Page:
The global credit rating agency mentions power disruptions will further depress business sentiment. It has already been dampened by slowing growth and the government's inability to implement measures to revive investment.
Although power supply interruptions are common in India, the scale of this week's disruption surpasses all others. Monday's blackout hit eight states, while Tuesday's reportedly affected 20 states, which have a combined population of about 700 million people.
The breakdown in the power grid appears to have been the result of a mismatch between electricity demand and supply. "India's power sector suffers from inadequate fuel supplies for the country's predominantly coal-fired power generation capacity, an inability to transport imported fuels to power stations located inland, and ageing and unreliable distribution networks that struggle to deliver generated electricity to consumers," the report states.
"In addition, the sector reports higher-than-usual losses associated with distributing energy across an inefficient infrastructure and losses related to fraud and corruption by consumers who don't pay for the energy their use," it adds.
India 's prevalent subsidy system artificially depresses end-prices, leaving state-owned power companies to incur losses and making the sector unattractive for private investment.
Indians' use of and access to electricity is thus lower than in other fast-growing emerging markets. For instance, the latest available World Development Indicators reveal that as of 2009, just 66.3% of the population had access to electricity, compared with 98.3% for Brazil and 99.4% for China.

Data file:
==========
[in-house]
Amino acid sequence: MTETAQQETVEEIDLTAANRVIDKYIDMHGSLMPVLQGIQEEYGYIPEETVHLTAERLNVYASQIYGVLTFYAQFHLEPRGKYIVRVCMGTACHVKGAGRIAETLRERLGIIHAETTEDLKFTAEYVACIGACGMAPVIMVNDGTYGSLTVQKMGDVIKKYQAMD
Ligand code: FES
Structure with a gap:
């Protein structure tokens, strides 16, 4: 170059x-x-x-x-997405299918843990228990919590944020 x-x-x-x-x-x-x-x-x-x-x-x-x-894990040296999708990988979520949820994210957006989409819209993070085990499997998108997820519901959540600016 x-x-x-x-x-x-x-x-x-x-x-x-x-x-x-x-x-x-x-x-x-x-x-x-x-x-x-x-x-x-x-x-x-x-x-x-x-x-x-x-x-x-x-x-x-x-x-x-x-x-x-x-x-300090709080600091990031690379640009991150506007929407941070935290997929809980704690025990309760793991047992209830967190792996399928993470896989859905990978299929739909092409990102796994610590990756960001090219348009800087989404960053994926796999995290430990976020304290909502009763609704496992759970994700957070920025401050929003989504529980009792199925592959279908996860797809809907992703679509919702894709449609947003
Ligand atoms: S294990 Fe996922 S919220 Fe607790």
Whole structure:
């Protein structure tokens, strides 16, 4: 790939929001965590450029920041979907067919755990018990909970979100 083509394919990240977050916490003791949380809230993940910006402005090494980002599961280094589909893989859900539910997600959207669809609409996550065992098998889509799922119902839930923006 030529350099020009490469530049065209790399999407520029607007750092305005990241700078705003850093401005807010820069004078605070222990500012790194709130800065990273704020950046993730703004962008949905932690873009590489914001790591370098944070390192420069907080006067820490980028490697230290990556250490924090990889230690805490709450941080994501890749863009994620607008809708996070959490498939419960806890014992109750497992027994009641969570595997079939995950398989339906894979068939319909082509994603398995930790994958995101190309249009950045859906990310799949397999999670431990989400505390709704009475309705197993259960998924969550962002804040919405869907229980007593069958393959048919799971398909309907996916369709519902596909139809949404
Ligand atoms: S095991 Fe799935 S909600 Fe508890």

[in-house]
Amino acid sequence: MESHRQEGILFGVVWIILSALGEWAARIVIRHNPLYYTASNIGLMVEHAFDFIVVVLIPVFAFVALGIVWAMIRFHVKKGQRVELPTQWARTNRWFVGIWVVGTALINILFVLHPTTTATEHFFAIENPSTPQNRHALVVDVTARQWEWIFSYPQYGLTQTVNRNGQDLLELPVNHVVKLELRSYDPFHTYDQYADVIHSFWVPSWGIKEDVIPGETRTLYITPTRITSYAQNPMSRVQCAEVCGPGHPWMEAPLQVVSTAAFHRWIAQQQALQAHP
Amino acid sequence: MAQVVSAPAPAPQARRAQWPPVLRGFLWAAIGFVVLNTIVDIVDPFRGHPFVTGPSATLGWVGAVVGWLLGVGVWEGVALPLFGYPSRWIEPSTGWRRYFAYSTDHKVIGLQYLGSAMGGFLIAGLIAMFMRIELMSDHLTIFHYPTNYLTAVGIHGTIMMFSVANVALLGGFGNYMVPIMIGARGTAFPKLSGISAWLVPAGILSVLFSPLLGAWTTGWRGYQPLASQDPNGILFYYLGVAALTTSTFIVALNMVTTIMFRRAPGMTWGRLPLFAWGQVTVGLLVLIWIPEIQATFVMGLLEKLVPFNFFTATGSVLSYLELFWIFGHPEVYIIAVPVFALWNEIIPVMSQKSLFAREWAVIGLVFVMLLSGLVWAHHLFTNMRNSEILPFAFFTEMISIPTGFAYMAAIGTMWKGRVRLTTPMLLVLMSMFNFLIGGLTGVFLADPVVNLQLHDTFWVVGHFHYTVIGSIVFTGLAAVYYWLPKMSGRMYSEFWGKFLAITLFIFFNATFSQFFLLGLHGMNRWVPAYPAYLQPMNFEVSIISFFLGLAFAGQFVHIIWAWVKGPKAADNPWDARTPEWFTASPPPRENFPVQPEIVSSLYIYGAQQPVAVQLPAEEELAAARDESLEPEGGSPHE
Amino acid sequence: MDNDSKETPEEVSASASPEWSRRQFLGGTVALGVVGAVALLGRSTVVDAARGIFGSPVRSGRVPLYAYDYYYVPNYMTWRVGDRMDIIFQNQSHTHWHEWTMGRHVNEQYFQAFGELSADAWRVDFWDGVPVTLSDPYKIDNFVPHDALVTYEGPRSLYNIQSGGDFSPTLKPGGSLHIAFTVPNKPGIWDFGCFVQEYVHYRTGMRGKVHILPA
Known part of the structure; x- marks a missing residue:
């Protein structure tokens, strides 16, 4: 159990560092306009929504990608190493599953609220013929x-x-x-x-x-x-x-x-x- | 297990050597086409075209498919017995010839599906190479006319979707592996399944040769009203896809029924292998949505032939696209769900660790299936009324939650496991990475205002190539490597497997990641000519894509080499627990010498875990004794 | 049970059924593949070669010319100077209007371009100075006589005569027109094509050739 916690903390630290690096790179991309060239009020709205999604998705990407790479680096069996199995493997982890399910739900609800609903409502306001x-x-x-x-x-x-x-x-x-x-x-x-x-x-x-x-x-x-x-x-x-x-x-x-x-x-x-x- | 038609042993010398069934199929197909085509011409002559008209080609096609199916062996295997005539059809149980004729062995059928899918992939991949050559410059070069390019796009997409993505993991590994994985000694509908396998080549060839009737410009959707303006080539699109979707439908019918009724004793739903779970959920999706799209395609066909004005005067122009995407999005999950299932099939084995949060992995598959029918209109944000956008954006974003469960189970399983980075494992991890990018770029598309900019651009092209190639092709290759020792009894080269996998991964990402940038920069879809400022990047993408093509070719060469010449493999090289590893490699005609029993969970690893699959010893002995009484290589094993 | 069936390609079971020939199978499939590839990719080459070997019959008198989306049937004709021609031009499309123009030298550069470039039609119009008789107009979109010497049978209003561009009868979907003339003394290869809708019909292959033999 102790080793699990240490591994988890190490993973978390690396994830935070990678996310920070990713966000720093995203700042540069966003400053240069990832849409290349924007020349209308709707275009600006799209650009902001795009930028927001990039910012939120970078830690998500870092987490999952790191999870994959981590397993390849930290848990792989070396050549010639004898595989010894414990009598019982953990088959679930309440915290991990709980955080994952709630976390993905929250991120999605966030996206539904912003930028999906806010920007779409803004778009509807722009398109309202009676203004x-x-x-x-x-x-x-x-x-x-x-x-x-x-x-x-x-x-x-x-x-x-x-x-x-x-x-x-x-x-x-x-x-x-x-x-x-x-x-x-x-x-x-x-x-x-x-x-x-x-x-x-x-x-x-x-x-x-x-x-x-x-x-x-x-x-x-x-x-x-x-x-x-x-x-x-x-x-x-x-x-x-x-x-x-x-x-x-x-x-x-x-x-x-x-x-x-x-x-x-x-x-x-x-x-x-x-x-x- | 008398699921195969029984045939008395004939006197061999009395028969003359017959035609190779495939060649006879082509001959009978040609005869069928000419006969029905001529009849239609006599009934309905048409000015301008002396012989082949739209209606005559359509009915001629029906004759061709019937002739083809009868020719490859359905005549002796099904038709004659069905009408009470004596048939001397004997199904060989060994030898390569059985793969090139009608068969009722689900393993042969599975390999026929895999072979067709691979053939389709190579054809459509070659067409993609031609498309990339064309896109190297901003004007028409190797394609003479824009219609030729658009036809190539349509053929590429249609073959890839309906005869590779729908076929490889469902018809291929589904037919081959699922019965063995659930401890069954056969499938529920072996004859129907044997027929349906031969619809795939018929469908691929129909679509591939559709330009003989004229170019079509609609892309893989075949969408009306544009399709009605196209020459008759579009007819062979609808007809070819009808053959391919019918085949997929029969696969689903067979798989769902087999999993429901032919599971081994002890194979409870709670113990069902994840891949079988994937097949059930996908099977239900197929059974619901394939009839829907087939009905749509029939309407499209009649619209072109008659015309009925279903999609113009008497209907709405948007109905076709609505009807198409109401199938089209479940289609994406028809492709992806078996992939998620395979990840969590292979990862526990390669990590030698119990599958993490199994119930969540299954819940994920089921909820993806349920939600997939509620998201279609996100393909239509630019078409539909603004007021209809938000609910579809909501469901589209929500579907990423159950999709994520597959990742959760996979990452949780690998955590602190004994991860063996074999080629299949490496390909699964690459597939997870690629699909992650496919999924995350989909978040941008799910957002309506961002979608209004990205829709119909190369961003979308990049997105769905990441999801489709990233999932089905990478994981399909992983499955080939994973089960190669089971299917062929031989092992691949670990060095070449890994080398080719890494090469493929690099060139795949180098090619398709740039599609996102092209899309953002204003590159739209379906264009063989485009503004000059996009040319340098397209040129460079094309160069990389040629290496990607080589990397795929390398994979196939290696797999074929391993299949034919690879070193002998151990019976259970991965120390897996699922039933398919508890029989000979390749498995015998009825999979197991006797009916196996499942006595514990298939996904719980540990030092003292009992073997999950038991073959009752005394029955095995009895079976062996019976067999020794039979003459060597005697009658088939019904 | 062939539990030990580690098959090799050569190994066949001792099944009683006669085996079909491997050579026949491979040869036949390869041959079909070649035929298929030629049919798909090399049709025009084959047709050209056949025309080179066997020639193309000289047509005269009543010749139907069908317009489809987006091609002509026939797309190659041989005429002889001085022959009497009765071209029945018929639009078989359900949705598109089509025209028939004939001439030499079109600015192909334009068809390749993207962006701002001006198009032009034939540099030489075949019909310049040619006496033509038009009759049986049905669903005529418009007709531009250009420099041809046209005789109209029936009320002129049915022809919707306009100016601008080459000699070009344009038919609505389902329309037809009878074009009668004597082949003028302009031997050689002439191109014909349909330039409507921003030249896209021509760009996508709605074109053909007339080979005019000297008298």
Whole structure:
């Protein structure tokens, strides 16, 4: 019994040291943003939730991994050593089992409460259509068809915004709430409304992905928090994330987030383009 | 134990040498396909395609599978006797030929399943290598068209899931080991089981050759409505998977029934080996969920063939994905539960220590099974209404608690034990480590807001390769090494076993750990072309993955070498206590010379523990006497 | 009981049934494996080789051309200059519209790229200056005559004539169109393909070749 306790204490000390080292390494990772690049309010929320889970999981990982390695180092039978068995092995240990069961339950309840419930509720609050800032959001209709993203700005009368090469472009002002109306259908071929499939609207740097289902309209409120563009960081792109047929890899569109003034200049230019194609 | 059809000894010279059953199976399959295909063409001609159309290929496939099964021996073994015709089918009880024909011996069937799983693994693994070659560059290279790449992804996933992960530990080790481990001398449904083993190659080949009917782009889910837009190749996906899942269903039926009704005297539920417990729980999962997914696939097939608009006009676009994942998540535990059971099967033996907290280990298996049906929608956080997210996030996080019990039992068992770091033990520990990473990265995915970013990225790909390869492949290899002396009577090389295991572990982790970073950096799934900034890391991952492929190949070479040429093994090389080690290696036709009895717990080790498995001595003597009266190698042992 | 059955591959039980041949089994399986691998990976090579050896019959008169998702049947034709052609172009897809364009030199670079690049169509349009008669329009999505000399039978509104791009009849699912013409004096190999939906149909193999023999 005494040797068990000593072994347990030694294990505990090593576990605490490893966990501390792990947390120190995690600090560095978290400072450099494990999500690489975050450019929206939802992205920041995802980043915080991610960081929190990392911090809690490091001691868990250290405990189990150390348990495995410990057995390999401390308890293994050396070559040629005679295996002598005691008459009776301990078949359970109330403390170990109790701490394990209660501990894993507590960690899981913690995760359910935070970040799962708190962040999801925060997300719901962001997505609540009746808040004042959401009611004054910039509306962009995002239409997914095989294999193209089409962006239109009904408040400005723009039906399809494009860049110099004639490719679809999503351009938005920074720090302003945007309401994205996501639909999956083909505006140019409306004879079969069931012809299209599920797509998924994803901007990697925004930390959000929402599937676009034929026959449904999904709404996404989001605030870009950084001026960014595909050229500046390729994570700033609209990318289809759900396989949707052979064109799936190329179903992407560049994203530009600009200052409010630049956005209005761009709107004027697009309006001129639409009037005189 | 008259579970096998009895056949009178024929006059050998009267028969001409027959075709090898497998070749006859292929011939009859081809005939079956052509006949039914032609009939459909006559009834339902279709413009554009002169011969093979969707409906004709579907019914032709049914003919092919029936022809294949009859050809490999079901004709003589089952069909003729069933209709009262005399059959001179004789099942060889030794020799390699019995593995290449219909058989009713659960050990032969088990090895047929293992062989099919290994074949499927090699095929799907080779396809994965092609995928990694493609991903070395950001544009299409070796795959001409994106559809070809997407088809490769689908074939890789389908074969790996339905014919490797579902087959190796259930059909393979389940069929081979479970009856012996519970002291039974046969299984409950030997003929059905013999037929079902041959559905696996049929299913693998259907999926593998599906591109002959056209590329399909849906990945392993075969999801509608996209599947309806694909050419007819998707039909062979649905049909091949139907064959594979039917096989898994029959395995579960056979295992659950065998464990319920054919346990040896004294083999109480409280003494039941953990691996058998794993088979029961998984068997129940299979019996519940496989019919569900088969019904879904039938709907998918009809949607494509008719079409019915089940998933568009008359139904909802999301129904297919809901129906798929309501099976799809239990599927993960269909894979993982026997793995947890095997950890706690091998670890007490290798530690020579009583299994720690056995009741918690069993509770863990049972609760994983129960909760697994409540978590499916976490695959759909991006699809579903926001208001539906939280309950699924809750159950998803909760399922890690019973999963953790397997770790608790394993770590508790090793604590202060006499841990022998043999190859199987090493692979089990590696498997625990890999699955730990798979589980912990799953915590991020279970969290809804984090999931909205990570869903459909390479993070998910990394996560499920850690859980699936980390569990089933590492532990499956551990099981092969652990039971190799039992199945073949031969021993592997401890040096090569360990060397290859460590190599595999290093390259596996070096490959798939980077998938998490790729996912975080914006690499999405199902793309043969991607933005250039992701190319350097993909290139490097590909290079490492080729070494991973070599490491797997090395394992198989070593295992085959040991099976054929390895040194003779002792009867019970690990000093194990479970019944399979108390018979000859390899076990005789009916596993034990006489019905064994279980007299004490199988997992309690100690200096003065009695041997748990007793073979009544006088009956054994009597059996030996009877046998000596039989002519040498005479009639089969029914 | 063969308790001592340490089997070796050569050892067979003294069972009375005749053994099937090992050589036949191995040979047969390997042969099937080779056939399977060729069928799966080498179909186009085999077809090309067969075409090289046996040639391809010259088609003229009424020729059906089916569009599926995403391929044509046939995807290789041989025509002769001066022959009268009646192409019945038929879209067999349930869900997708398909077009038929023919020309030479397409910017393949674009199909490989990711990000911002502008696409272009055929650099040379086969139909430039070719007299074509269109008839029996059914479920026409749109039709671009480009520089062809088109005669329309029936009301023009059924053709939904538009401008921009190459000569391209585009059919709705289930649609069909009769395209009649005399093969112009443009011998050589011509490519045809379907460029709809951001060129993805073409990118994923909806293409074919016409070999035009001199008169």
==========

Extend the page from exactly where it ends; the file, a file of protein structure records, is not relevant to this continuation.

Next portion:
In addition, unreliable power supply limits the private sector's international competitiveness. "India's investment activity is unlikely to accelerate to levels required to meet the government's medium-term goal of 9%-10% real GDP growth targets until the government addresses infrastructure inadequacies. This week's outages are a reminder of the acute nature of these inadequacies," the report states.India has a power generation capacity of 205,340MW and plans to add 80,000MW in the five years ending March 2017. The country has missed previous capacity-addition targets. Chronic fuel shortages are hurting power generation and projects are faltering.
India's outlook has been lowered to negative from stable by two other rating agencies—Standard and Poor's (S&P) and Fitch. Both said slowing GDP growth and lack of credible steps for fiscal consolidation present significant risks to the economy.
India's growth slowed to a nine-year low of 5.3% in the March quarter. The Reserve Bank of India on Tuesday lowered its growth expectations for the current fiscal year to 6.5% from 7.5% it had predicted in April.
The electricity problem may become worse. India's power shortage during peak consumption hours—between 8-11am and 5-8pm—will surge from 124,995MW now to 199,540MW in 2016-17 and 283,470MW in 2021-22, according to the draft 18th Electric Power Survey of India, which has been seen by Mint.
The situation is alarming because the country's per capita electricity consumption, at 700 kilowatt-hour, is less than one-third the global average; yet it faces a 10.2% shortage during the peak hours.
"This failure is a wake-up call and offers an opportunity to upgrade and improve transmission and distribution infrastructure," said Amol Kotwal, deputy director of the energy and power systems practice for South Asia and West Asia at Frost and Sullivan, a consultancy.
S&P has recently said India could be the first among the so-called Bric (Brazil, Russia, India, China) nations to have its investment-grade rating lowered to junk status because of slower growth, ballooning deficits and political roadblocks to economic policymaking.
Source- Economic Times, DNA